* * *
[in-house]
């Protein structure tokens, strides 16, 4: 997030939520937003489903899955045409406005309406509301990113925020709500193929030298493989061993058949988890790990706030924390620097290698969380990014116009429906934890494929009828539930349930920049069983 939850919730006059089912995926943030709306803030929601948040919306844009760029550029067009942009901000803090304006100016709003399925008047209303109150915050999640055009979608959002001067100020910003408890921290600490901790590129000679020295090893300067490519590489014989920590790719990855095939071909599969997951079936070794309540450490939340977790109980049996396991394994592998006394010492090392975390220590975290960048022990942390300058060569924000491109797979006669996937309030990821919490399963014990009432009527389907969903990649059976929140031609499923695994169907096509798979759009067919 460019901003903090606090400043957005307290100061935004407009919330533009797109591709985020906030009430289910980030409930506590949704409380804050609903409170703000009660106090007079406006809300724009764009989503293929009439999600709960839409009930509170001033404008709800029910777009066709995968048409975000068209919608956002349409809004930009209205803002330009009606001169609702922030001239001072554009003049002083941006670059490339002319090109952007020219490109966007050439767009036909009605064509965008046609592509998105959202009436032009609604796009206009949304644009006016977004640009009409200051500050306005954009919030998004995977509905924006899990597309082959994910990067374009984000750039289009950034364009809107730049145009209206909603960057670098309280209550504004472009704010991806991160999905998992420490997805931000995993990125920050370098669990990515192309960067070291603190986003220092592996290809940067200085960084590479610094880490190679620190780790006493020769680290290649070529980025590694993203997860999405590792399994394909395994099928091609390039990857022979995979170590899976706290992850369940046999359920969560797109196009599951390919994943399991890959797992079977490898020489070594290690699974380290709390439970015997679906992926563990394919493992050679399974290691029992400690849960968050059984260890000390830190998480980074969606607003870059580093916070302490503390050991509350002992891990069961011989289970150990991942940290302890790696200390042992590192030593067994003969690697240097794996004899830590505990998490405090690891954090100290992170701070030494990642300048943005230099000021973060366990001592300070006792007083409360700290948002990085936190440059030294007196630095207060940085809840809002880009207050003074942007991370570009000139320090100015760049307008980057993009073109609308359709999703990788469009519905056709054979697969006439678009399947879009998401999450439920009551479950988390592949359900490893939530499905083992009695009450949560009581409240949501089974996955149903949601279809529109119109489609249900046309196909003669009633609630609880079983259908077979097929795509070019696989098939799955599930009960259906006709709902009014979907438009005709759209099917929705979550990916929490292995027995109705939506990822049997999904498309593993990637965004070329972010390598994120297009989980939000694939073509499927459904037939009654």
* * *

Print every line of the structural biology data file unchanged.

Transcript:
[in-house]
């Protein structure tokens, strides 16, 4: 997030939520937003489903899955045409406005309406509301990113925020709500193929030298493989061993058949988890790990706030924390620097290698969380990014116009429906934890494929009828539930349930920049069983 939850919730006059089912995926943030709306803030929601948040919306844009760029550029067009942009901000803090304006100016709003399925008047209303109150915050999640055009979608959002001067100020910003408890921290600490901790590129000679020295090893300067490519590489014989920590790719990855095939071909599969997951079936070794309540450490939340977790109980049996396991394994592998006394010492090392975390220590975290960048022990942390300058060569924000491109797979006669996937309030990821919490399963014990009432009527389907969903990649059976929140031609499923695994169907096509798979759009067919 460019901003903090606090400043957005307290100061935004407009919330533009797109591709985020906030009430289910980030409930506590949704409380804050609903409170703000009660106090007079406006809300724009764009989503293929009439999600709960839409009930509170001033404008709800029910777009066709995968048409975000068209919608956002349409809004930009209205803002330009009606001169609702922030001239001072554009003049002083941006670059490339002319090109952007020219490109966007050439767009036909009605064509965008046609592509998105959202009436032009609604796009206009949304644009006016977004640009009409200051500050306005954009919030998004995977509905924006899990597309082959994910990067374009984000750039289009950034364009809107730049145009209206909603960057670098309280209550504004472009704010991806991160999905998992420490997805931000995993990125920050370098669990990515192309960067070291603190986003220092592996290809940067200085960084590479610094880490190679620190780790006493020769680290290649070529980025590694993203997860999405590792399994394909395994099928091609390039990857022979995979170590899976706290992850369940046999359920969560797109196009599951390919994943399991890959797992079977490898020489070594290690699974380290709390439970015997679906992926563990394919493992050679399974290691029992400690849960968050059984260890000390830190998480980074969606607003870059580093916070302490503390050991509350002992891990069961011989289970150990991942940290302890790696200390042992590192030593067994003969690697240097794996004899830590505990998490405090690891954090100290992170701070030494990642300048943005230099000021973060366990001592300070006792007083409360700290948002990085936190440059030294007196630095207060940085809840809002880009207050003074942007991370570009000139320090100015760049307008980057993009073109609308359709999703990788469009519905056709054979697969006439678009399947879009998401999450439920009551479950988390592949359900490893939530499905083992009695009450949560009581409240949501089974996955149903949601279809529109119109489609249900046309196909003669009633609630609880079983259908077979097929795509070019696989098939799955599930009960259906006709709902009014979907438009005709759209099917929705979550990916929490292995027995109705939506990822049997999904498309593993990637965004070329972010390598994120297009989980939000694939073509499927459904037939009654």